In second study, large eddy simulations of the Navier-Stokes equations are also performed to investigate the wake interaction. Previous actuator line simulations on the single model wind turbine show that the accuracy of the results is directly related to the quality of the input airfoil characteristics. Therefore, a series of experiments on a 2D wing are conducted to obtain high quality airfoil characteristics for the NREL S826 at low Reynolds numbers. The new measured data are used to compute the rotor performance. The results show that the power performance as well as the wake development behind the rotor are well-captured. There are, however, some difficulties in prediction of the thrust coefficients. The continuation of this work considers the wake interaction investigations of two turbines inline (full-wake interaction) and two turbines with spanwise offset (half wake interaction). It is demonstrated that the numerical computations are able to predict the rotor performances as well as the flow field around the model rotors, and it can be a suitable tool for investigation of the wind turbine wakes.

In the last study, an evaluation of the performance and near-wake structure of an analytical vortex model is presented. The vortex model is based on the constant circulation along the blades (Joukowsky rotor) and it is able to determine the geometry of the tip vortex filament in the rotor wake, allowing the free wake expansion and changing the local tip vortex pitch. Two different wind turbines have been simulated: a wind turbine with constant circulation along the blade and the other setup with a realistic circulation distribution, to compare the outcomes of the vortex model with real operative wind turbine conditions. The vortex model is compared with the actuator line approach and the presented comparisons show that the vortex method is able to approximate the single rotor performance and qualitatively describe the flow field around the wind turbine but with a negligible computational effort. This suggests that the vortex model can be a substitute of more computationally-demanding methods like actuator line technique to study the near-wake behavior.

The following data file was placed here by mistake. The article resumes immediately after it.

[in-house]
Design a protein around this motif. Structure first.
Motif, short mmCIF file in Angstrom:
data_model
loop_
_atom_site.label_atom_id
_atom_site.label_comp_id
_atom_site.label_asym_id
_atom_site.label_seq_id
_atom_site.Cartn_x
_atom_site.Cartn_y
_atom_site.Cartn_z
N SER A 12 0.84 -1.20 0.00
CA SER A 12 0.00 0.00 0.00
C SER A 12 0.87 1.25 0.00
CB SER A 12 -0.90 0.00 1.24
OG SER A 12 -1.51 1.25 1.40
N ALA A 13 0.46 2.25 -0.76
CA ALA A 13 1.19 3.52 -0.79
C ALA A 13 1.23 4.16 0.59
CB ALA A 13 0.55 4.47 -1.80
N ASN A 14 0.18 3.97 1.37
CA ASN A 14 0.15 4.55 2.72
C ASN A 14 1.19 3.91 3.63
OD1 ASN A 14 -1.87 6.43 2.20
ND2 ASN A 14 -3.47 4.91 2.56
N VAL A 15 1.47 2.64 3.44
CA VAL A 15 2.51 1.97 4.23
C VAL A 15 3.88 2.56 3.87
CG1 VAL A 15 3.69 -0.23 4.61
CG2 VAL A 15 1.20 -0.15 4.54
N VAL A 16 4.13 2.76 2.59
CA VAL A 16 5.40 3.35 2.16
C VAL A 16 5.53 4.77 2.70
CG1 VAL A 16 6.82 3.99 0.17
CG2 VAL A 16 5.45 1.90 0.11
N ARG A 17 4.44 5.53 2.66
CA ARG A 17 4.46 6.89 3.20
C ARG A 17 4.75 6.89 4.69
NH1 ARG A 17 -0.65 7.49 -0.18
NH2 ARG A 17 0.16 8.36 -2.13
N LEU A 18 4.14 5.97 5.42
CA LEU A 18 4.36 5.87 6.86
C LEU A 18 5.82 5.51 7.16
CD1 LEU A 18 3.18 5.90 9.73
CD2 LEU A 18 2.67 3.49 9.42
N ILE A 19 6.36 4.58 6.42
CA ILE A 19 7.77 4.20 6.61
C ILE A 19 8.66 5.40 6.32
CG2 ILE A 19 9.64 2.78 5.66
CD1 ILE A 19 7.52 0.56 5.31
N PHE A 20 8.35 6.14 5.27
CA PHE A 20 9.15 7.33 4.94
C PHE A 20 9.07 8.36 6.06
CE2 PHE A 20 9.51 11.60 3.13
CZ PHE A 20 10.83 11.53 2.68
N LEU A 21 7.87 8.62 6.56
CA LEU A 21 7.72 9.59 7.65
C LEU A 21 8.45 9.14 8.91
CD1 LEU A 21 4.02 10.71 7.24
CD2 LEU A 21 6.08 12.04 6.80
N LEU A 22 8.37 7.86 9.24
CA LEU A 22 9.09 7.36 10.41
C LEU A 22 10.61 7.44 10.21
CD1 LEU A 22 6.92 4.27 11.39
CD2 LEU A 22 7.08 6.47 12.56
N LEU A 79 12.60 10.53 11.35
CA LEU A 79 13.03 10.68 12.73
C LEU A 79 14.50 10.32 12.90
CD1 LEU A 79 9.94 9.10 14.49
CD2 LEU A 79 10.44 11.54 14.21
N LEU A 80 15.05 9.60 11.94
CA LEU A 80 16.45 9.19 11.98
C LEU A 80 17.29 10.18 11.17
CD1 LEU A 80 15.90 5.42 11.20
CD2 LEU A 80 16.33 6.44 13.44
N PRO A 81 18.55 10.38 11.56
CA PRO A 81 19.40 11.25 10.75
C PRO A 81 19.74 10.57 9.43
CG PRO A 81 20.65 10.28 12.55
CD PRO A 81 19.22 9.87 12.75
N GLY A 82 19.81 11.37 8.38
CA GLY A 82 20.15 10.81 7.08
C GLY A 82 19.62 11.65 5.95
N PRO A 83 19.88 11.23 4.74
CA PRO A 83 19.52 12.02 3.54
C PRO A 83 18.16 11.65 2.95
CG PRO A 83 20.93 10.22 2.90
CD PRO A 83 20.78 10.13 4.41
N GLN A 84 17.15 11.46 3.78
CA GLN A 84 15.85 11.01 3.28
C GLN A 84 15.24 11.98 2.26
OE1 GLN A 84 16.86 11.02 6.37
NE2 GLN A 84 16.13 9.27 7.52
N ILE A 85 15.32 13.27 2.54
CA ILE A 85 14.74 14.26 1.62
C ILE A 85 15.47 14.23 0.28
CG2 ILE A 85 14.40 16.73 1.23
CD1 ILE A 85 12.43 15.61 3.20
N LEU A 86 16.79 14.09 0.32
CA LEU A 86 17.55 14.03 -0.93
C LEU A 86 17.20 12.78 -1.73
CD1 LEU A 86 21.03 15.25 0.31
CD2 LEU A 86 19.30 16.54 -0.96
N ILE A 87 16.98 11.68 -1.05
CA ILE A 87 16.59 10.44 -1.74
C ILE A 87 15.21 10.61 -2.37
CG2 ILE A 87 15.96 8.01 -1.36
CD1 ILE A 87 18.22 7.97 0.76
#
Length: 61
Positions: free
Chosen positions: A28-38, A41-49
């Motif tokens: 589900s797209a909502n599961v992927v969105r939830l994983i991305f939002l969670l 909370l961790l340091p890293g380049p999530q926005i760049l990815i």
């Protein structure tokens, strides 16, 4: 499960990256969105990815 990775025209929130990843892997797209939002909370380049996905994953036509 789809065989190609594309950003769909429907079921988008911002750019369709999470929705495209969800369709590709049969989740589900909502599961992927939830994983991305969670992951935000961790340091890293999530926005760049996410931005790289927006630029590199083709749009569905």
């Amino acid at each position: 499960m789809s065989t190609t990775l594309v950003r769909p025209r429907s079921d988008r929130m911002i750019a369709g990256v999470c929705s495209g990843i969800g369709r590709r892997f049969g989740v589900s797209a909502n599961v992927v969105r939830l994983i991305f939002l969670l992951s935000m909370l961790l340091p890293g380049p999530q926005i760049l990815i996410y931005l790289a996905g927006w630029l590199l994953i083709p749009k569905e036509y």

Place, publisher, year, edition, pages
Stockholm: KTH Royal Institute of Technology, 2014. xi, 44 p.
TRITA-MEK, ISSN 0348-467X ; 2014:23
Wind turbine wakes, Stability, interaction, POD, DMD
National Category
Fluid Mechanics and Acoustics
Research subject
Engineering Mechanics
urn:nbn:se:kth:diva-153961 (URN)978-91-7595-298-7 (ISBN)
Public defence
2014-10-31, F3, Lindstedsvägen 26, KTH, Stockholm, 10:15 (English)

QC 20141010

Available from: 2014-10-10 Created: 2014-10-10 Last updated: 2014-10-10Bibliographically approved

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Sarmast, SasanIvanell, Stefan
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Stability, Transition and ControlSeRC - Swedish e-Science Research CentreLinné Flow Center, FLOW